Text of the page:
Abraham in History and Tradition Part II: Abraham the Prince -- By: Donald J. Wiseman
BSac 134:535 (Jul 77) p. 228
Abraham in History and Tradition
Abraham the Prince
[Donald J. Wiseman, Professor of Assyriology, University of London, London, England.]
In the previous article in this series it was suggested that Abraham’s designation as “the Hebrew” marked him not as a semi-nomad, but as a resident-alien (גּר) newly arrived in the land, who took active and public steps to take possession of land granted him by divine covenant-promise.1 He was in effect taking over “by faith” the area known later as Judah.2
Abraham as a Political Leader
This leads to a study of his ascription as “Abraham the prince” (Gen 23:5, AV) or the נשׂיא, a title given by a group of foreigners living among the Canaanites who also held land rights in the same region de facto.3 This was after Abraham had lived in the area for sixty-two years (cf. Gen 12:4; 17:17; 23:1) when the “sons of Heth” (Hittites) under Ephron who owned the field and cave of Macpelah in a district of Canaan treated Abraham with respect as the head of a clan residing as their neighbors.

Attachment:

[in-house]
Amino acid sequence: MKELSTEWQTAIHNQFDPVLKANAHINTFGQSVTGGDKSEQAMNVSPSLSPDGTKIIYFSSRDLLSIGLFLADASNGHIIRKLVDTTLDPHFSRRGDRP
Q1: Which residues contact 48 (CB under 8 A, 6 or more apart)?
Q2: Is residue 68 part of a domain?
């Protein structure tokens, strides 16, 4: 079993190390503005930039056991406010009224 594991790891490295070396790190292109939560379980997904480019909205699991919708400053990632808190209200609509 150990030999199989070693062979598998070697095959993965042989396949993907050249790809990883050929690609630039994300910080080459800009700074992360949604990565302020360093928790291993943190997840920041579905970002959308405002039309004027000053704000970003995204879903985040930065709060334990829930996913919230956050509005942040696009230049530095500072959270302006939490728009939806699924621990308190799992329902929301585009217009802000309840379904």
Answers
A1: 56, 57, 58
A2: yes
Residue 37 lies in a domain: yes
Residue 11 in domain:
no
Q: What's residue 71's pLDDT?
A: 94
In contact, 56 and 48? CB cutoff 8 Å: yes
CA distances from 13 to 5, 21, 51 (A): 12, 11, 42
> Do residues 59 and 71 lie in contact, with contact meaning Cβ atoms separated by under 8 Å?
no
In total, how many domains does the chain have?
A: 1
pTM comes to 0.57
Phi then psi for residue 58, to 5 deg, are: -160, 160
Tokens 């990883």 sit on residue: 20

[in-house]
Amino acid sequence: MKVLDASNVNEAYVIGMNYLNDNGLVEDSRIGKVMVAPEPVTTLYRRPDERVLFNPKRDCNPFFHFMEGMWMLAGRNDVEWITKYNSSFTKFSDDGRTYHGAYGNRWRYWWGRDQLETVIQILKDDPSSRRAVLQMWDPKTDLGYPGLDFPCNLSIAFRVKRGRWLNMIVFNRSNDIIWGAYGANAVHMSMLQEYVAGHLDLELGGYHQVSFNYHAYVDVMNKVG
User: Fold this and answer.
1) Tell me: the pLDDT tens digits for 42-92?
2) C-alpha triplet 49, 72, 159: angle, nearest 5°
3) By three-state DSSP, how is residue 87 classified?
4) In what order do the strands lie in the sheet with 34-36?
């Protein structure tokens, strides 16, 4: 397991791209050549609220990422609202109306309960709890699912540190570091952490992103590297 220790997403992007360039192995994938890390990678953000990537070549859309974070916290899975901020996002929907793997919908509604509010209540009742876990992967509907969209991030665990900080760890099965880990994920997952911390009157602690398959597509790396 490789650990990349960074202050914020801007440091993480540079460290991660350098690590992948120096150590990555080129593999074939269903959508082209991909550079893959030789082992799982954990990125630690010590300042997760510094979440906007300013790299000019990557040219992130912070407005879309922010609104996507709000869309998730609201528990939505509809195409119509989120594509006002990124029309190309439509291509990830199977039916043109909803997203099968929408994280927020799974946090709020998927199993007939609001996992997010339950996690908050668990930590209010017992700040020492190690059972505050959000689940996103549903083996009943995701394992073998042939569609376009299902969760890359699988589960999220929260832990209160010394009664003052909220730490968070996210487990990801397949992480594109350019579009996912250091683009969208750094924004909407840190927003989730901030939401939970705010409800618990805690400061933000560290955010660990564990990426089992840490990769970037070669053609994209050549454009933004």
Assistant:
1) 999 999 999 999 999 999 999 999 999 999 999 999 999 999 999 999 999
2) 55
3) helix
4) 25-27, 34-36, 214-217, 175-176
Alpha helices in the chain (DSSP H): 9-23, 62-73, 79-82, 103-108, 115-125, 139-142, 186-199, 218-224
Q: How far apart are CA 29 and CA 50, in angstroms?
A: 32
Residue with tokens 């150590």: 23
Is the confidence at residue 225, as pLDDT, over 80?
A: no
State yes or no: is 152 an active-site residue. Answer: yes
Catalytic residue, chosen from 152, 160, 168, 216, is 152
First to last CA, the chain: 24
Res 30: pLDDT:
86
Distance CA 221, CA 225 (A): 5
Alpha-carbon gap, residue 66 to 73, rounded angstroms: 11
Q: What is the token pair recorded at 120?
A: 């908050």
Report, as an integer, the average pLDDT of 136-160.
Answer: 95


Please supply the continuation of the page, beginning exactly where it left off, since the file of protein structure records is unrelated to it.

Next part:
“We look on you as a mighty leader (נשׂיא אוֹּהים) among us” (Gen 23:6), they said, and there is no hint that Abraham’s dealings with them were unexpected, insincere, or contrary to accepted local
BSac 134:535 (Jul 77) p. 229
custom. Whether this phrase is taken as a superlative4 or as an acknowledgement of his affiliation to God (“a נשׂיא of God”) by men of another religion,5 the use of the term נשׂיא clearly denotes a position of dignity and leadership.6 It is similarly used in early texts of the chiefs of the Midianites (Josh 13:21; Num 25:18) and Shechem (Gen 34:2), which, with Edom, were all tribes involved in the promise made to Abraham (17:4–8 }). The title is later applied to DavidYou must have a subscription and be logged in to read the entire article.
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